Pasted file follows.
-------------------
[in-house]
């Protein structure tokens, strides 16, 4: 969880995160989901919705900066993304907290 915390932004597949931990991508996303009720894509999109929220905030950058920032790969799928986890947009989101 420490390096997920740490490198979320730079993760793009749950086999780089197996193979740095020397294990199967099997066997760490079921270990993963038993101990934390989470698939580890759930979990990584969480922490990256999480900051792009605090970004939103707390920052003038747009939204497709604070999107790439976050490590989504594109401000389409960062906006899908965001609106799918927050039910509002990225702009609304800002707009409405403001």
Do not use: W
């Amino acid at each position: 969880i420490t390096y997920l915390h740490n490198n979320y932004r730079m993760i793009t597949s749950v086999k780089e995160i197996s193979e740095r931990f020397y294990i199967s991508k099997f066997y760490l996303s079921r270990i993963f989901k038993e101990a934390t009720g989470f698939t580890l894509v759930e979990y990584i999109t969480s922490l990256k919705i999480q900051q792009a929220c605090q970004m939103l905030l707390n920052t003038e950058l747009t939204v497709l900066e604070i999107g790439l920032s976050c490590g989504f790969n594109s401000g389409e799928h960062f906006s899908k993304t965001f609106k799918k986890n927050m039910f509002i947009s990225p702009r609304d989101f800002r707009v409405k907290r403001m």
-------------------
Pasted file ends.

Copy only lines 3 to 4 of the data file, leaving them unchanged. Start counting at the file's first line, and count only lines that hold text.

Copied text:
Do not use: W
């Amino acid at each position: 969880i420490t390096y997920l915390h740490n490198n979320y932004r730079m993760i793009t597949s749950v086999k780089e995160i197996s193979e740095r931990f020397y294990i199967s991508k099997f066997y760490l996303s079921r270990i993963f989901k038993e101990a934390t009720g989470f698939t580890l894509v759930e979990y990584i999109t969480s922490l990256k919705i999480q900051q792009a929220c605090q970004m939103l905030l707390n920052t003038e950058l747009t939204v497709l900066e604070i999107g790439l920032s976050c490590g989504f790969n594109s401000g389409e799928h960062f906006s899908k993304t965001f609106k799918k986890n927050m039910f509002i947009s990225p702009r609304d989101f800002r707009v409405k907290r403001m």